“This puts us in an awkward position of approving profiles based on perceived gender if the user chooses not to specify. Do we or do we not censor those nipples? It’s difficult to moderate in a fair and equitable way. We currently go about this in a case-by-case manner.”
How has your perspective on CX changed moving from an open dating app to a space focused on LGBTQ+ community?
“At OkCupid, even 10 years ago, we had a fair amount of LGBTQ+ people on the platform. However, as we strived to serve all people, it didn’t feel like our place to push and talk about LGBTQ+ topics.
If Grindr doesn’t speak up about those topics, then who will?”
Additionally, one thing that surprised Hunsberger upon moving was the difference in banning policy between the two platforms.
OkCupid banned users liberally when they were making other users feel uncomfortable. They did so as they could operate under the assumption that users could find community elsewhere, such as on Tinder, Bumble, or Hinge.
Grindr being the biggest platform for the LGBTQ+ community, however, banning a user permanently may potentially isolate them from finding a platform anywhere else.
Many do not live in areas with gay bars, community centres, or discreet resources. Grindr provided an online community where people could not only find romantic connections but also discover safe places to go or make friends.
In areas where being out is illegal or dangerous, it’s particularly important to have these communities available.
Banning such a user may preclude them from accessing those important resources elsewhere. Hunsberger says they take banning very seriously for this reason and would prefer to focus on educating users and providing second chances.
“Obviously, if somebody repeatedly breaks our rules, then we'll ban them. It really is a much bigger burden, though, I think, to ban people. So that's something that's pretty different”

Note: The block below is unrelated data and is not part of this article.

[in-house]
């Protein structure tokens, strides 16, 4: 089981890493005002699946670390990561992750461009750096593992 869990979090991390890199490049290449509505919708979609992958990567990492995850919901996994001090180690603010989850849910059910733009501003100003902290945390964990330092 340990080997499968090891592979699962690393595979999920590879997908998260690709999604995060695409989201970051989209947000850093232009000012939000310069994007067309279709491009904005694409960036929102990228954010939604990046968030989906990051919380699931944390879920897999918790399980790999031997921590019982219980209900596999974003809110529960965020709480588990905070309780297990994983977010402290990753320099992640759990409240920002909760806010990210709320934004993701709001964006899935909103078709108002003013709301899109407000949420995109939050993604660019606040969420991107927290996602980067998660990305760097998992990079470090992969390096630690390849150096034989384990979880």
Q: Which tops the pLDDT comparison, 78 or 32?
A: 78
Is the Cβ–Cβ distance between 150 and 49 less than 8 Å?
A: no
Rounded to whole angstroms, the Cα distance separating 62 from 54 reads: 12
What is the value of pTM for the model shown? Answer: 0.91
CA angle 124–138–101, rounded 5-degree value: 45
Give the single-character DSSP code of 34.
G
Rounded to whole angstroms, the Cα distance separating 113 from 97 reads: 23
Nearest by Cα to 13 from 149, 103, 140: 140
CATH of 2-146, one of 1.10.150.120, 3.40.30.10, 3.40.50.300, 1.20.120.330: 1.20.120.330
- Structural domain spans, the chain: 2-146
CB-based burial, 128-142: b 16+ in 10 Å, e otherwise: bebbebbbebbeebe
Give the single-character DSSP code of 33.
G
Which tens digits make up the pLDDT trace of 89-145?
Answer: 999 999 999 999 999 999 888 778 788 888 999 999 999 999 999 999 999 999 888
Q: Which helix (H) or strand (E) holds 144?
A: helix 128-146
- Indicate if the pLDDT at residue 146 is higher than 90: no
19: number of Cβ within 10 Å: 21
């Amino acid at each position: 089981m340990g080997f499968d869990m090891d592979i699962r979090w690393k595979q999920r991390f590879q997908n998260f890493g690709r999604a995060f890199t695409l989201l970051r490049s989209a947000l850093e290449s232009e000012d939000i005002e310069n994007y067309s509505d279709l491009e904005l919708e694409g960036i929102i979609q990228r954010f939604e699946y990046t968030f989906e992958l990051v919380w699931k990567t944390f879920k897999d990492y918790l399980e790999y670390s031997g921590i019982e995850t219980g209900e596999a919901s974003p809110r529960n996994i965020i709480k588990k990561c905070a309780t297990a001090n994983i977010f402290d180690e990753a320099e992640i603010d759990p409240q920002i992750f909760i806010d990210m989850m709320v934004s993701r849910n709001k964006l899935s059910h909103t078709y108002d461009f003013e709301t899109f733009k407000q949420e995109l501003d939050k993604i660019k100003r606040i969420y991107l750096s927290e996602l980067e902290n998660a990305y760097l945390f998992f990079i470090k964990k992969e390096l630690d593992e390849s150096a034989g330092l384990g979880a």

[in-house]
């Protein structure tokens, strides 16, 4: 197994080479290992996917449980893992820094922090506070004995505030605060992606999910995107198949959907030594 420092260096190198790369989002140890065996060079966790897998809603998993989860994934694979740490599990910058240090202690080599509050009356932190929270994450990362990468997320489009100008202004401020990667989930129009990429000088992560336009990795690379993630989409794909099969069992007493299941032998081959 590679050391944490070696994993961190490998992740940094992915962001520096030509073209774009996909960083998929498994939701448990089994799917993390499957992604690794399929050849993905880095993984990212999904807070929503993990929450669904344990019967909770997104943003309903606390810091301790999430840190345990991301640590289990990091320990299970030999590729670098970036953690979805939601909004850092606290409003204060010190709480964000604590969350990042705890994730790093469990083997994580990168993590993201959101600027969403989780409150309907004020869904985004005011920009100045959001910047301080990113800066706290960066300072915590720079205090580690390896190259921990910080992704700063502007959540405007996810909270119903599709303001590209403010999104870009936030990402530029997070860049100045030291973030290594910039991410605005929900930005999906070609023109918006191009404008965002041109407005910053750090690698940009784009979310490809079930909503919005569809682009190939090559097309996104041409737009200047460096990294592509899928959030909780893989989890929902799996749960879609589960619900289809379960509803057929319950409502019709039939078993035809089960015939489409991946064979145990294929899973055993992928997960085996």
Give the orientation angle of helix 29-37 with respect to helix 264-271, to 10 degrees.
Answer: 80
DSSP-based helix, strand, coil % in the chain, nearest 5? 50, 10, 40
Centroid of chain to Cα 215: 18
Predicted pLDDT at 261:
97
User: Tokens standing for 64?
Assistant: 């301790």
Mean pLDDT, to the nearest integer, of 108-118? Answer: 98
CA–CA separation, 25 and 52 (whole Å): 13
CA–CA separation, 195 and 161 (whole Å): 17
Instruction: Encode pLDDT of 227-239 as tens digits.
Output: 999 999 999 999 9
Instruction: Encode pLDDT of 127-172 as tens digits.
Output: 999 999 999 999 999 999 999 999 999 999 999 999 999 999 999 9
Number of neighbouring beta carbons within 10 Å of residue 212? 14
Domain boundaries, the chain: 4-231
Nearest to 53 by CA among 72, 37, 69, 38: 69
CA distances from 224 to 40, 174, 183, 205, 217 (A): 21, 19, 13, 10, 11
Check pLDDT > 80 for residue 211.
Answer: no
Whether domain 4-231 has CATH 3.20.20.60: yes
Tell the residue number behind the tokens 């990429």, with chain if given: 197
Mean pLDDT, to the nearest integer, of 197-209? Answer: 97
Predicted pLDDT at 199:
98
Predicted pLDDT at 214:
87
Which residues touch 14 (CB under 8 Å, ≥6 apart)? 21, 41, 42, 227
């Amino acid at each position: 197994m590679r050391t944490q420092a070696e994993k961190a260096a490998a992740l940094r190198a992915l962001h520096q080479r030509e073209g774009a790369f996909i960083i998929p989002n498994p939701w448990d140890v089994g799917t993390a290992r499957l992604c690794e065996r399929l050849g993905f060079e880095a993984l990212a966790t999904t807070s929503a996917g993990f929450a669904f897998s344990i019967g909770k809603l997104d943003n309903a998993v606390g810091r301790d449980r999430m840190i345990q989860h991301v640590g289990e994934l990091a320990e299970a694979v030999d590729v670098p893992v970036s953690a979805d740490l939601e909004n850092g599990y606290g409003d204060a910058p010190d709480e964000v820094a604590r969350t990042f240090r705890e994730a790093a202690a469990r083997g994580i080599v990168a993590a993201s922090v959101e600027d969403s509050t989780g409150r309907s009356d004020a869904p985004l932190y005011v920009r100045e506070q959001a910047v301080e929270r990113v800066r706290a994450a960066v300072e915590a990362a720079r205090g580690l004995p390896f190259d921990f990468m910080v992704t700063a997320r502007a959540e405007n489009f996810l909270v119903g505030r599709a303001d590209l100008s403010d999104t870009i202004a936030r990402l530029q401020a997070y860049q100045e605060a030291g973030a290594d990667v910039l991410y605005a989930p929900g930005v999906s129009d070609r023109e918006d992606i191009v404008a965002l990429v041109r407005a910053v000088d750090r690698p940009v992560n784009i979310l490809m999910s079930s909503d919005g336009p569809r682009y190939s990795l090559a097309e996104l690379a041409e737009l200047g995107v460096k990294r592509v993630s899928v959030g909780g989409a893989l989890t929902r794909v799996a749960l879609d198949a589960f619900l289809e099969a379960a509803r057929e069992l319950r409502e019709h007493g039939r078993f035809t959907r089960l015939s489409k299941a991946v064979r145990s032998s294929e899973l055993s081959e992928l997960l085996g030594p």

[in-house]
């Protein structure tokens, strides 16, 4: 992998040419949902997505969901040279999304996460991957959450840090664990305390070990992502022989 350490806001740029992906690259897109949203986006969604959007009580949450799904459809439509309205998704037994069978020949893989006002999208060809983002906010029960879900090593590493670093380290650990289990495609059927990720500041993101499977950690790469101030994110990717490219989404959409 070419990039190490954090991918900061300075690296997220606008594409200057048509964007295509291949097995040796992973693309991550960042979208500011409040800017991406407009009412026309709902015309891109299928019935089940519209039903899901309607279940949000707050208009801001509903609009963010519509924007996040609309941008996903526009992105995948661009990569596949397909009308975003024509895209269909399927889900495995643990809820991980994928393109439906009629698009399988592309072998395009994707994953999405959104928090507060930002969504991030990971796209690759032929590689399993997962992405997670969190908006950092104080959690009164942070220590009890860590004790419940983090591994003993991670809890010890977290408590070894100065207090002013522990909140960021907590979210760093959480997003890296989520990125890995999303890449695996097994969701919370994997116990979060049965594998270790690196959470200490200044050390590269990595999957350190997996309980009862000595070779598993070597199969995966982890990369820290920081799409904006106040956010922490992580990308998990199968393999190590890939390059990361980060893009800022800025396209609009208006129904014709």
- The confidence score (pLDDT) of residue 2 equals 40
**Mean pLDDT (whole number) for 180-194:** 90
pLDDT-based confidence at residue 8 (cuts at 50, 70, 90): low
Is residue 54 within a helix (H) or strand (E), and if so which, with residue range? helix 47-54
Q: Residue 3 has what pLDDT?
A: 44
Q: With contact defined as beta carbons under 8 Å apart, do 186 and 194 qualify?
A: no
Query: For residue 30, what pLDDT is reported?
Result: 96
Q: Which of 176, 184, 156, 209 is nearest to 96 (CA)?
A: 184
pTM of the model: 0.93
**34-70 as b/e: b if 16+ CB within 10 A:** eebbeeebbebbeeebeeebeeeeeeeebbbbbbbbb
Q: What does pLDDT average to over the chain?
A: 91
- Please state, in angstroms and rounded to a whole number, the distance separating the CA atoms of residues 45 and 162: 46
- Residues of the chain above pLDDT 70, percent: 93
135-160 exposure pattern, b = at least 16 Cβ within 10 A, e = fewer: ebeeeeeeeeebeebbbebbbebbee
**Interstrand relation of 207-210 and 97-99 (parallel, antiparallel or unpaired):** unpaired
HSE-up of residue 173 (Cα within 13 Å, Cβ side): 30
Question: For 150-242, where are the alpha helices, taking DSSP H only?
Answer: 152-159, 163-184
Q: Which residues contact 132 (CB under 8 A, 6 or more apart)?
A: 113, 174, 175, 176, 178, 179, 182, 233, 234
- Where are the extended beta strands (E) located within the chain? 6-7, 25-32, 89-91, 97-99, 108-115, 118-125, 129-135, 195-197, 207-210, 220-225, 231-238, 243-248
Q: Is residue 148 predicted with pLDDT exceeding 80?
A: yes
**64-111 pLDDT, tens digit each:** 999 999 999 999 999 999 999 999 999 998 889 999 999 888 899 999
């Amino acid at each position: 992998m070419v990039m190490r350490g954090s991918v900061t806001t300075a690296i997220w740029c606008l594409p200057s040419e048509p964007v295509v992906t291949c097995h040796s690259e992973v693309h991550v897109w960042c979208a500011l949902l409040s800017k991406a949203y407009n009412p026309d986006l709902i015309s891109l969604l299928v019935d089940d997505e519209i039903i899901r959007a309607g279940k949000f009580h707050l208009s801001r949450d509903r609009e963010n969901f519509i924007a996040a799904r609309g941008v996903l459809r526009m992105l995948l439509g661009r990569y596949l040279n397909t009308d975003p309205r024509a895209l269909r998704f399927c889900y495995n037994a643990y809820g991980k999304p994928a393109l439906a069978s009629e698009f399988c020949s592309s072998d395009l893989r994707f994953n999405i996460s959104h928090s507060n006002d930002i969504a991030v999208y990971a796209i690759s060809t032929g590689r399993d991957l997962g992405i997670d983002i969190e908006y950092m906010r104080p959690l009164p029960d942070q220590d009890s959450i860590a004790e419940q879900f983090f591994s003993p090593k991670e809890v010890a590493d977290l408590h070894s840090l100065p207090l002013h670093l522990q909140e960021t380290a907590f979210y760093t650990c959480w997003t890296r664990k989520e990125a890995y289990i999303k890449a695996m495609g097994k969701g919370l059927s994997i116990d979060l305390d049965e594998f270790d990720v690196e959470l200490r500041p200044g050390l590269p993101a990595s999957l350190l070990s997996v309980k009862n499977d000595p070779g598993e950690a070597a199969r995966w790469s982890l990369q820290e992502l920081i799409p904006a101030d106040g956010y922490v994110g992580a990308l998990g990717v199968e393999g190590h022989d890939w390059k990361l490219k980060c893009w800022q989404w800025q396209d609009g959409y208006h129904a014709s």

You founded the Voice of the Customer program at Grindr. Do you have any advice for others aiming to build one from scratch?
“We are still a small and scrappy VoC program, with only one person who works on that full time.”
Hunsberger states the importance of having a community advocate on the team. They listen to customers and what they’re telling the brand. It’s a difficult role to do manually, as opinions may be skewed by ‘power users’, or a vocal minority.
Balancing those voices with everyday users is very important.
Grindr looks at Reddit, Twitter, and public app reviews. They tag every single review to track trends over time. In this way, they isolate the issues customers are complaining about – for example, complaints about pricing or praises of the photo approval systems.
Emails are also tagged. They have a product roadmap where people can suggest ideas they have for the platform.
Everything is compiled into a quarterly report, which is disseminated through whitepapers and public blog posts.
“Before a product team releases anything new, we go through the reports first – to ensure we know what our customers are saying.”
Thank you again to Alice for an incredibly informative talk. There’s definitely a lot to take inspiration and learn from.
Our next Women of CX episode is actually taking place during Chattermill’s biggest event of the year: the Customer Intelligence Summit on March 30th.
We will host highly accomplished women from Paperchase, Monica Vinader & Boots for a panel on ‘Why We Need More CX leaders in The C-Suite’. Click here to sign up.